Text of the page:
Make the developers pay for new schools

Column by Hal Walter

Local Taxes – November 1999 – Colorado Central Magazine

I’VE ALWAYS BEEN a bit perplexed by the notion of a property tax to pay for schools.

I drive a motor vehicle, and I’m taxed for the use of the road by way of licensing and registration. If I go to the landfill, I’m charged a fee. That seems fair.

But this school thing is different. I have no children, but as a property owner I must pay taxes for schools. In fact more than half of the property taxes I pay go to schools. It makes better sense to me that we should tax parents in order to pay for schools. Charge them a flat fee per head.

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Why would anyone want to four-lane U.S. 50?

Article by Ed Quillen

Transportation – November 1999 – Colorado Central Magazine

A FEW YEARS AGO, a billboard just east of Salida told westbound motorists on U.S. 50 that they were only 130 miles from “Black Canyon of the Gunnison National Park” near Montrose, with the implication that Montrose was a great place to get a room, buy a meal, and otherwise participate in the tourist economy.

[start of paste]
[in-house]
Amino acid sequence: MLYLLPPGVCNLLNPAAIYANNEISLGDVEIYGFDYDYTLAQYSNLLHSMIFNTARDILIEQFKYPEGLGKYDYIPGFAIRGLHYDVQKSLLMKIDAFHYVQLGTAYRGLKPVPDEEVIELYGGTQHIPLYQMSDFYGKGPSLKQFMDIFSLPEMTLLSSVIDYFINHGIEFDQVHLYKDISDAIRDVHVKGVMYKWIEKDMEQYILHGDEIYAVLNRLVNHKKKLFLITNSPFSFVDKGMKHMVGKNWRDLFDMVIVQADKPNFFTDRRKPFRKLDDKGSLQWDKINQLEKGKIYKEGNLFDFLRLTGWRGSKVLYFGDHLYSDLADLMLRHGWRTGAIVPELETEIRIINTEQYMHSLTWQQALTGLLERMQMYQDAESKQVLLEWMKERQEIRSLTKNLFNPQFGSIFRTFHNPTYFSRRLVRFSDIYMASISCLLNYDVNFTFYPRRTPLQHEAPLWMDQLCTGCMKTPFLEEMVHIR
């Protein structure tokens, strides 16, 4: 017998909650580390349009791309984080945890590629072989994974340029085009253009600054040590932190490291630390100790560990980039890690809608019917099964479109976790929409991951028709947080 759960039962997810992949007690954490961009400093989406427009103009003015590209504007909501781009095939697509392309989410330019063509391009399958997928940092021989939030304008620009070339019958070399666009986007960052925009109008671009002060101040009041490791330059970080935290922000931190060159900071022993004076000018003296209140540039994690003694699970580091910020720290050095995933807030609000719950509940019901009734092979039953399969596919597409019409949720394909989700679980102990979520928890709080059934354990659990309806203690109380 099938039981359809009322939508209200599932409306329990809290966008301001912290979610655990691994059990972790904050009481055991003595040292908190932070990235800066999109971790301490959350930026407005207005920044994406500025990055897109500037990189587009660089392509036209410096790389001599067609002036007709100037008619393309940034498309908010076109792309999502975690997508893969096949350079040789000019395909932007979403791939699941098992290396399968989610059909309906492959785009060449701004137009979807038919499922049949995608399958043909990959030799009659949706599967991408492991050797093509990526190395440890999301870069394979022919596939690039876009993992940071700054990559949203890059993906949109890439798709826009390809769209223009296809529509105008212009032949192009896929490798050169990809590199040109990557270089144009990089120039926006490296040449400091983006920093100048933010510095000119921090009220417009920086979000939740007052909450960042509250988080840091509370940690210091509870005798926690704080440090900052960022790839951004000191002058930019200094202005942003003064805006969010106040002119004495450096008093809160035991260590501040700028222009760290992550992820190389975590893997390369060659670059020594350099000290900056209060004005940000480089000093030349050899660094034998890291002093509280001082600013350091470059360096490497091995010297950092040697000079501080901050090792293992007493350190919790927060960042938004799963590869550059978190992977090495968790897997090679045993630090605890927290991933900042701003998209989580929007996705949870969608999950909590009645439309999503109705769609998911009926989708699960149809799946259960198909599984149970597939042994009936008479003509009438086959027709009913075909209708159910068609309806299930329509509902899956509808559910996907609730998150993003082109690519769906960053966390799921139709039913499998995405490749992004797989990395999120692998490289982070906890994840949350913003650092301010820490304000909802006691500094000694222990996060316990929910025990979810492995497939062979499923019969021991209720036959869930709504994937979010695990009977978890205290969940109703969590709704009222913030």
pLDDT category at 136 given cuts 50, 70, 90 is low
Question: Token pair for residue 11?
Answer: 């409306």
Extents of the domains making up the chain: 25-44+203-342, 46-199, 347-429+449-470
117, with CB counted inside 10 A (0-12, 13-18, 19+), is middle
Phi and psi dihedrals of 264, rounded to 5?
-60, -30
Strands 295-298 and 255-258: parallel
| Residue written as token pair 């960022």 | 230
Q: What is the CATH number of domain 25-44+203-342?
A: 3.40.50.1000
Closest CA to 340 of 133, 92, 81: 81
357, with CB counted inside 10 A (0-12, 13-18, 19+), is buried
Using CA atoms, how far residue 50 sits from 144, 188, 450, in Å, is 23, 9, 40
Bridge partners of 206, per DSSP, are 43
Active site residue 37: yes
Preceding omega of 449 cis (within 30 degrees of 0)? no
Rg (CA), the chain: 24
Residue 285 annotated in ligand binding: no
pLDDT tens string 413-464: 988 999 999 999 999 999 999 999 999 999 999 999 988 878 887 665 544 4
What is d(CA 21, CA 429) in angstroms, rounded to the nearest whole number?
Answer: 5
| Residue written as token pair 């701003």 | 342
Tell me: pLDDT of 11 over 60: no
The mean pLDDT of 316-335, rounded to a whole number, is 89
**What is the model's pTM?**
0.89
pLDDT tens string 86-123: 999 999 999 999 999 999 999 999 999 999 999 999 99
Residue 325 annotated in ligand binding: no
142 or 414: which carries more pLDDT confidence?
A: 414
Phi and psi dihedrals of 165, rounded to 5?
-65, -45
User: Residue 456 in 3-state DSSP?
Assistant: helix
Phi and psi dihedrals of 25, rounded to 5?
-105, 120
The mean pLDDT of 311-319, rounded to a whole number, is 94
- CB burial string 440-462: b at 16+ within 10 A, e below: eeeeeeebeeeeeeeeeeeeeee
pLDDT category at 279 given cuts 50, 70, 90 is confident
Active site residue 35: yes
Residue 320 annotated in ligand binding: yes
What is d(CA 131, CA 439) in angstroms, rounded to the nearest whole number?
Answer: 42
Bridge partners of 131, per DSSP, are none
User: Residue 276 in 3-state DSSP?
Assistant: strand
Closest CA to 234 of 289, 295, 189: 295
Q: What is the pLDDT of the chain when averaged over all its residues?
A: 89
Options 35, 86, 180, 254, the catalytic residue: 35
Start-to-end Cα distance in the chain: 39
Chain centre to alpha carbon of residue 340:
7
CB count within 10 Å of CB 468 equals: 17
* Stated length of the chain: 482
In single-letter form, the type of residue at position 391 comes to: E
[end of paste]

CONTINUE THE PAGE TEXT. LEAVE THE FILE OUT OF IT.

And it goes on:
Whoever put up that billboard was jumping the gun — Black Canyon of the Gunnison was then a “National Monument,” rather than a “National Park.”

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The Thanksgiving Suggestion List

Brief by Martha Quillen

Humor – November 1999 – Colorado Central Magazine

Here are some things to be thankful for this November 25th that you might not have thought of.

As always we can be thankful that we live in the Colorado Rockies, in a beautiful state, in a democratic nation. But this year we can be even more grateful that we don’t live in New York State where the choice seems to be narrowing down to Hillary Clinton versus Rudolph Giuliani.

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Thanksgiving: the most American of holidays

Essay by Martha Quillen

Holidays – November 1999 – Colorado Central Magazine

WHEN YOU THINK ABOUT IT, there’s something very odd about Thanksgiving. Even though Americans celebrate several holidays brought over from Europe, like Christmas and New Years, Thanksgiving is the oldest public holiday declared in the United States. Yet Thanksgiving has changed very little over the years.

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Here’s the latest from the Valley Rumor Mill

Letter from Slim Wolfe

Local Gossip – November 1999 – Colorado Central Magazine


Summer reports of a bear incident at Valley View Hot Springs were about four miles misplaced. Informed sources hinted that the human contestant was a known bow hunter and speculated that he might have been goading the critter to stand on its hind legs and reveal some tender belly.